Cyrus is Cyrus II the Great, the Empire's founder, and the text of the Cylinder has been hailed a touch enthusiastically - not to mention anachronistically - as an early declaration of human rights. Actually, it concerns the repatriation of religious statues and human deportees, recalling that it was the same Cyrus who earned the title "Lord's Anointed" from Deutero-Isaiah for restoring the exiled Jews from Babylon to Judaea.
It was as a human rights document that the UN had the text translated in 1971. That was the supposed 2500th anniversary of Cyrus's death - an event commemorated with unseemly grandiosity by another Shah an Shah (King of Kings). How were the mighty to be fallen! Within a decade, the Peacock throne of Mohammed Reza Pahlavi was no more. A revolution that still casts its long shadow over the world, and not least the West, had swept it away.
It is Tom Holland's plausible contention, in this brilliant sequel to his award-winning Rubicon, that Achaemenid Persia was the first truly world empire and that, had Cyrus's grandson Xerxes succeeded in his attempted conquest of the Greek mainland in 480, there would not have been much if any "West" for that shadow to fall over.
This is incendiary stuff, and the igneous metaphor that blazes from the cover has a deeply serious antique relevance. Cyrus erected fire-holders at his original capital of Pasargadae; Xerxes trailed news of his would-be exploits from Europe to Asia by a series of fire-beacons. And the Empire's second founder, Xerxes's father Darius, yielded to none in his absolute devotion to the Lord Ahura Mazda: god of light and life, implacable enemy of the Lie, whose worship - founded by the prophet Zoroaster (Zarathustra) - centred on rituals involving fire.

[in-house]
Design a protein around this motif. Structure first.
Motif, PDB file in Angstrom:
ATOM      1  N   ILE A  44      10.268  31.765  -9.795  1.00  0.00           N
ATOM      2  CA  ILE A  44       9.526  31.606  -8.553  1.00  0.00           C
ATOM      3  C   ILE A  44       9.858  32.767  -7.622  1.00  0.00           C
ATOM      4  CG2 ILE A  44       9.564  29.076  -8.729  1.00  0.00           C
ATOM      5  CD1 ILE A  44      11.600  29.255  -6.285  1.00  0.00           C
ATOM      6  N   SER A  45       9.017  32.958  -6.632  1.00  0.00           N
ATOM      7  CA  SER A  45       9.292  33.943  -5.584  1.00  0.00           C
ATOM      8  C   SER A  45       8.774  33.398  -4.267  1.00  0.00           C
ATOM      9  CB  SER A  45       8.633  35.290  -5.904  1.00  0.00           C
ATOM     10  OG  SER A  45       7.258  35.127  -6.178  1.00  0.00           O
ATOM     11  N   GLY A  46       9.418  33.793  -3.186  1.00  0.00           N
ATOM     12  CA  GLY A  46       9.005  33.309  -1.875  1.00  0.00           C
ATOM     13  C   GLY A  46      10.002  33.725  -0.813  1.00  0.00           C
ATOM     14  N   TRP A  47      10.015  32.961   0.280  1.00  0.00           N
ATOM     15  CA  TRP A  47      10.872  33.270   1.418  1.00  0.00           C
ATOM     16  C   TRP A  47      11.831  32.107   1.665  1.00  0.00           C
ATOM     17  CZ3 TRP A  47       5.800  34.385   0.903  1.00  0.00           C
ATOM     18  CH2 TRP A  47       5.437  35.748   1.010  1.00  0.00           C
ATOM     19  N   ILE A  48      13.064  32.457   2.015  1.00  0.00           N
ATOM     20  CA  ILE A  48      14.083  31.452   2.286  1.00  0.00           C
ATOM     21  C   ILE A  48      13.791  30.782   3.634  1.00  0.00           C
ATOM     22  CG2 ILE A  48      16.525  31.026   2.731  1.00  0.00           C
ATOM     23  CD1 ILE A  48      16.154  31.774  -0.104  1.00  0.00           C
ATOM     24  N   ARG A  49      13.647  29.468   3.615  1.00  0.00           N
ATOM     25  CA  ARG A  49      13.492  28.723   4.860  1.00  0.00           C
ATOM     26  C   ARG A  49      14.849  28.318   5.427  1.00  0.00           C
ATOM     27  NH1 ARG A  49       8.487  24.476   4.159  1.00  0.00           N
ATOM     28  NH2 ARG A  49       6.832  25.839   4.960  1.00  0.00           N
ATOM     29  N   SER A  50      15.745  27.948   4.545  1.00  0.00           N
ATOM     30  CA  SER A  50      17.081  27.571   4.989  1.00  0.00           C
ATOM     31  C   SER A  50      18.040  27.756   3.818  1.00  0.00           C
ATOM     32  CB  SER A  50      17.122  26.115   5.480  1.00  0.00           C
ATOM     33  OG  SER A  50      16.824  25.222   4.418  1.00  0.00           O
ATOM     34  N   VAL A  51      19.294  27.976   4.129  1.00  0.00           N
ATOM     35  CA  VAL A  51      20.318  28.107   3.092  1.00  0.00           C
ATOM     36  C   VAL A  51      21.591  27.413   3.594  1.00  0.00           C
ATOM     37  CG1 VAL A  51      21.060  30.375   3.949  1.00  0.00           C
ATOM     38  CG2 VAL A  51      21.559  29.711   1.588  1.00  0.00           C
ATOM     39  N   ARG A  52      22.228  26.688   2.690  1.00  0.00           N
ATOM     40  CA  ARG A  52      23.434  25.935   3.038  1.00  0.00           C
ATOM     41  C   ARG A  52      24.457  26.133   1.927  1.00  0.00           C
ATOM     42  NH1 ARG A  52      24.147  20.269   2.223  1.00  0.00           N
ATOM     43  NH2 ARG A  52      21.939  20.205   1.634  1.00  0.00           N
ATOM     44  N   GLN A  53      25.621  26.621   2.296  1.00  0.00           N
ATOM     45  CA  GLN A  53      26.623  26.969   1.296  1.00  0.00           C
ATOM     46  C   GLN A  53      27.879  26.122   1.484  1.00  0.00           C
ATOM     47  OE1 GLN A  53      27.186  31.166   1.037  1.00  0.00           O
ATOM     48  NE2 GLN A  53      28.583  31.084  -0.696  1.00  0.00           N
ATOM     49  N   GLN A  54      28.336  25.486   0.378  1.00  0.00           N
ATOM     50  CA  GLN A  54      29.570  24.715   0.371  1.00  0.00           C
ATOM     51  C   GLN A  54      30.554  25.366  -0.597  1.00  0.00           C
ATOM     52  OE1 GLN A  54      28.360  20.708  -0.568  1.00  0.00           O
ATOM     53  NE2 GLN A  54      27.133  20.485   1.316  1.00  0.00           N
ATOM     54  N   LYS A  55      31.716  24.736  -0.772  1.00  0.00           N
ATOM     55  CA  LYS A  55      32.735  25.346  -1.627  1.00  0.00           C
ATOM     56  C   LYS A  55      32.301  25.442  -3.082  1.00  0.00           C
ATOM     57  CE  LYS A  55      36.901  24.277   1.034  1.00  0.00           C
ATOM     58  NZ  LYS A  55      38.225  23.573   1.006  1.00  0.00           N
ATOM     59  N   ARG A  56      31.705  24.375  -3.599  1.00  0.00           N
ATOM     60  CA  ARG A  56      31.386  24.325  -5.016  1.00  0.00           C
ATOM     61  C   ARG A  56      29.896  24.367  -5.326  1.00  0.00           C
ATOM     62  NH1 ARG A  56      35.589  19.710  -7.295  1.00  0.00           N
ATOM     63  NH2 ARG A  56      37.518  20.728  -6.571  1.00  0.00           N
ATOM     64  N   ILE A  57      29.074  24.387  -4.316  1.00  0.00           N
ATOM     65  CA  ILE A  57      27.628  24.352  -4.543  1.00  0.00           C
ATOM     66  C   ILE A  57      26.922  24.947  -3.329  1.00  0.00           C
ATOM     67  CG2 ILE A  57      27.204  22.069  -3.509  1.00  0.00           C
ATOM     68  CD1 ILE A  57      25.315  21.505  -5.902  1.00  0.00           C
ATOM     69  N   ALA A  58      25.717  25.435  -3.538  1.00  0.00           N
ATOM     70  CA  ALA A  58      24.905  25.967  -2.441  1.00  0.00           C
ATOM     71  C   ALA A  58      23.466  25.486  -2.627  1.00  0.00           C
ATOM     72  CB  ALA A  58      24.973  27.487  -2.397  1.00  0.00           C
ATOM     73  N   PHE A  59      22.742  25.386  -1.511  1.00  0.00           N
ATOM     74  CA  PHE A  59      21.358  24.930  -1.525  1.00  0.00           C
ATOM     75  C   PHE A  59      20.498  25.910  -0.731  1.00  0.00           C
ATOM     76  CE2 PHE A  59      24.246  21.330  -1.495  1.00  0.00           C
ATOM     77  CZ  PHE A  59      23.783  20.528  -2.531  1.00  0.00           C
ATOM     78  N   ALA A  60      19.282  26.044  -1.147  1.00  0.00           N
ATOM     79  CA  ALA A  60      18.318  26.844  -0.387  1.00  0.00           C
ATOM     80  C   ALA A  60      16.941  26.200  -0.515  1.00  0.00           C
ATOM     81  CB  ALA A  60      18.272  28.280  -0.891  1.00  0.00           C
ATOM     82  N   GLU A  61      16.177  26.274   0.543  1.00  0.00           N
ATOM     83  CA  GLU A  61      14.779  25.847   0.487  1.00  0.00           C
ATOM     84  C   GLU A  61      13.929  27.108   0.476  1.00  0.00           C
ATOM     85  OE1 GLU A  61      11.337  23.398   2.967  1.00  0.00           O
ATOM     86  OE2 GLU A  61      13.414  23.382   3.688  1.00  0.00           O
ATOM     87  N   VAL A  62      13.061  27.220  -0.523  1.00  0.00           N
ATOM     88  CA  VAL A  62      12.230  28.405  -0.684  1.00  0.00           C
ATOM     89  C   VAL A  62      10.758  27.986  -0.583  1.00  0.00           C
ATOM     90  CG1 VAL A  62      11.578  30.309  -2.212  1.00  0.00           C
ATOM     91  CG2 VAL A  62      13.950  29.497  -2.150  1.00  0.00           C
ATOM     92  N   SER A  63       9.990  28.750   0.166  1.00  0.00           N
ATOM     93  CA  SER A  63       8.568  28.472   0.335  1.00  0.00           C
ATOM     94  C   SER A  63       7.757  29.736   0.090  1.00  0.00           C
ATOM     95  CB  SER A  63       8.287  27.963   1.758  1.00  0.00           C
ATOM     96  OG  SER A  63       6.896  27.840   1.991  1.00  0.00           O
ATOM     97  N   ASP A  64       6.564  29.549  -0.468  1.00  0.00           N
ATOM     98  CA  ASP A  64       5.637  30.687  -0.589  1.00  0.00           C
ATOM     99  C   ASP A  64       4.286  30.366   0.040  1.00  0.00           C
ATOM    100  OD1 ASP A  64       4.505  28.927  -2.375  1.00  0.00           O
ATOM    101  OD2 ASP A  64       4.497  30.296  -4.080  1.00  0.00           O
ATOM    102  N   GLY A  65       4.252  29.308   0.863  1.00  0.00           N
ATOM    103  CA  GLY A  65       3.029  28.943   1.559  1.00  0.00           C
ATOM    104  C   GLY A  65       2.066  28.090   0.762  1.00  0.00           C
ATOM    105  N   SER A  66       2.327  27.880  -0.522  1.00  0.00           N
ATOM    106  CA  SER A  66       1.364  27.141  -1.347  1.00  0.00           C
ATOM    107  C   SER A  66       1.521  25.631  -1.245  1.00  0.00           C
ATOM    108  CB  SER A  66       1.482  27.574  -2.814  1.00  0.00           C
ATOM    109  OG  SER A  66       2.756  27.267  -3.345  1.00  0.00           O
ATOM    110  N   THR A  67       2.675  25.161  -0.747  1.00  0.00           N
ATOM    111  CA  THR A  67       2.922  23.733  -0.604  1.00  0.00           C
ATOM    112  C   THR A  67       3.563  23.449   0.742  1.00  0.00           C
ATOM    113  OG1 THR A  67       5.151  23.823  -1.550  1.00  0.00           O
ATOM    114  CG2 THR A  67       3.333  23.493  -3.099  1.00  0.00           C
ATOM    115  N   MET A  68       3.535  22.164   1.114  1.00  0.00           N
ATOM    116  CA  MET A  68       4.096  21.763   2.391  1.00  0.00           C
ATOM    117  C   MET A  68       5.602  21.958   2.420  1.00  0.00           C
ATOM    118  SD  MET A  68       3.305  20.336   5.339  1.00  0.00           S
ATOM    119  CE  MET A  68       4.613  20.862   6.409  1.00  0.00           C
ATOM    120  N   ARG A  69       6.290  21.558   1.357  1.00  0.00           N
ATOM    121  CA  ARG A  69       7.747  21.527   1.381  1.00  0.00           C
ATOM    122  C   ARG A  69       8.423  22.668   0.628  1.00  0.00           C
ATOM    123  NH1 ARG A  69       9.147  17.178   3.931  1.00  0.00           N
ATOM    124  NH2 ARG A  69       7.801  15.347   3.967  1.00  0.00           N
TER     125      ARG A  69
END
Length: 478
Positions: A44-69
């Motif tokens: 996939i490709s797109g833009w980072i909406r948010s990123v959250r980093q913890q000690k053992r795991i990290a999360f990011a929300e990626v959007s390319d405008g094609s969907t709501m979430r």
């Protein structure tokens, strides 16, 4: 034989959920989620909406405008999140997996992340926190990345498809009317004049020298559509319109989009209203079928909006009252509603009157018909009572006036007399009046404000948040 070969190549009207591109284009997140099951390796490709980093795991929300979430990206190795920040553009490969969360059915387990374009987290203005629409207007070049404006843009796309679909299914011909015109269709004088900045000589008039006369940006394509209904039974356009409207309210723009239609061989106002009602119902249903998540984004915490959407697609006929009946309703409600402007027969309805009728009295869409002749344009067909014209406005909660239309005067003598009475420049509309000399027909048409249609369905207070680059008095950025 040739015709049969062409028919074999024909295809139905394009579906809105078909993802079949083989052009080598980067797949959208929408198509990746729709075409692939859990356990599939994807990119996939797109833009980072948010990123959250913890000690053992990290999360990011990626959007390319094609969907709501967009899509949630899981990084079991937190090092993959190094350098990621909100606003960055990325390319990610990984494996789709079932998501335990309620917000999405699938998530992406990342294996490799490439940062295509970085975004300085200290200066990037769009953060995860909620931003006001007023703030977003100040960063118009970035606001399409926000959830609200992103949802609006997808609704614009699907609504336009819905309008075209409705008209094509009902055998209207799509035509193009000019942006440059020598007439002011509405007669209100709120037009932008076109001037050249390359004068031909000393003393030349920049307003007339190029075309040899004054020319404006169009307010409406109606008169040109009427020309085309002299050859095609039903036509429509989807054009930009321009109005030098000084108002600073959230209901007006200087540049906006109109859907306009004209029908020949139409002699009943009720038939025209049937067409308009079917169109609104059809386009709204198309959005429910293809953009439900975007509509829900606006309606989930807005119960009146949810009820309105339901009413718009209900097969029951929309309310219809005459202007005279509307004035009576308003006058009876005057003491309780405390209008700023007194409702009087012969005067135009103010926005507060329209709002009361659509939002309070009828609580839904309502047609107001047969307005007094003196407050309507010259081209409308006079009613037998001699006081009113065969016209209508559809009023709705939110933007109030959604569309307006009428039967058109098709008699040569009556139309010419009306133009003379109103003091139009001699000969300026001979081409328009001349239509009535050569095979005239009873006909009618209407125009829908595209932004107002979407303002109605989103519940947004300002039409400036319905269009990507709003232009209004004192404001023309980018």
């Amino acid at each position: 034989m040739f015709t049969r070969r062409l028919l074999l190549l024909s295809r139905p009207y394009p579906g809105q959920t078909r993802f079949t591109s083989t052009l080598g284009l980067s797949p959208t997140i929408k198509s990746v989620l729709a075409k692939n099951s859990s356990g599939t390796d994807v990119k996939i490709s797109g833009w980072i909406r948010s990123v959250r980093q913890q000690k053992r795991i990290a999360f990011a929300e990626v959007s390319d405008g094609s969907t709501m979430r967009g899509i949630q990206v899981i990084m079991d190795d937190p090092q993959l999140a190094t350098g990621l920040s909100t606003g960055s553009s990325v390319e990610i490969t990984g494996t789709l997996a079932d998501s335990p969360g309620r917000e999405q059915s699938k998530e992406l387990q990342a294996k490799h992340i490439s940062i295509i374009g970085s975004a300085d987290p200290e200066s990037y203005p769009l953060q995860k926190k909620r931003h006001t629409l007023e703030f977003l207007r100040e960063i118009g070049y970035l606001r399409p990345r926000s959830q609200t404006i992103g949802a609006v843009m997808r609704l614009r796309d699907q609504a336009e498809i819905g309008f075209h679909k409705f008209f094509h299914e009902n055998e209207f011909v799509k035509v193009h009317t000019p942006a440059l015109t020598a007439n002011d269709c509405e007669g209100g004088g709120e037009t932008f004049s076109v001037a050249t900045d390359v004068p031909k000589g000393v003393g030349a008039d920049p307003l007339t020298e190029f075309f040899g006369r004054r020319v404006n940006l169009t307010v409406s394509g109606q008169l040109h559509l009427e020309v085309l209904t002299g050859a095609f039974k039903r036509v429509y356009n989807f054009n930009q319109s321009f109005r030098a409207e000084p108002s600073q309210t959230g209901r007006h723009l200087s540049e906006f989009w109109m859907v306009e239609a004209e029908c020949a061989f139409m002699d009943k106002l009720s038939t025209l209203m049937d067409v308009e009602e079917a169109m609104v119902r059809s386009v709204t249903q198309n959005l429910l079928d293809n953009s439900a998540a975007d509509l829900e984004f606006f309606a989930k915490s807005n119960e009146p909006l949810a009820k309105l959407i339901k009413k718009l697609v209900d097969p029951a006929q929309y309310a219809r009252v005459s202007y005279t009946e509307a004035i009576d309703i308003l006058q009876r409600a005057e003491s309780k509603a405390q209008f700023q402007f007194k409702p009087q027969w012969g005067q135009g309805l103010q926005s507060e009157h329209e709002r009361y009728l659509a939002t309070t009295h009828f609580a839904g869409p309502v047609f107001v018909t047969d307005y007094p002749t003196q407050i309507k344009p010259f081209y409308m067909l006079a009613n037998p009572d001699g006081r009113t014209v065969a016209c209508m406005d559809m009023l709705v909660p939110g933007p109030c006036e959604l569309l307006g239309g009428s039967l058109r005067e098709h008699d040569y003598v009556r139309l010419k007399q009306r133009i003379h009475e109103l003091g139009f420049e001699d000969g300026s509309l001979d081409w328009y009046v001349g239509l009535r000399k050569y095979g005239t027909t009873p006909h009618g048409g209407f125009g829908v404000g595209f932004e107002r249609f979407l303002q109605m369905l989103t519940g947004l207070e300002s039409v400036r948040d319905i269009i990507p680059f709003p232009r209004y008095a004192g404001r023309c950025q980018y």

Tom Holland's non-fiction but - inevitably - slightly fictionalised account of what the Greeks called "the Median things" (they were incapable of distinguishing the Medes from their southern Iranian cousins and vanquishers) is the first in English addressed to a general readership for more than 30 years. In it, Holland crosses his own Rubicon, from Roman history to Greek, but not only Greek by any means. One of the book's many attractions is the care lavished on trying to get under the skin of the Persians, especially those of the imperial court and wielding the highest military commands.
Indeed, as the title is surely meant to suggest, he - like the professional ancient historian George Cawkwell in The Greek Wars (2004) - wants us to see the wars from the Persian just as much as the Greek side. Special attention is paid to the Persians' religion, one that lives on in the modern world from Mumbai to Vancouver in the observances of the Parsis (whose name betrays their ethnic origin).
Holland emphasises the causal, motive force of royal Persian opposition to the Lie. Xerxes's invasion of Greece should not for obvious reasons be called a crusade. But there was about it something of the same spirit that animated the anathema on all daivas (demons) that Xerxes delivered in a famous trilingual text - Old Persian, Elamite and Babylonian - found at his chief ceremonial capital. This magnificent site the Greeks later called Persepolis; the name that has stuck to this day, thanks not least to Alexander the Great's symbolically definitive destruction of it in 330. The big trouble for Xerxes was that his monotheist Mazdean zeal was met with an equal and opposite force from his polytheistic Greek enemies.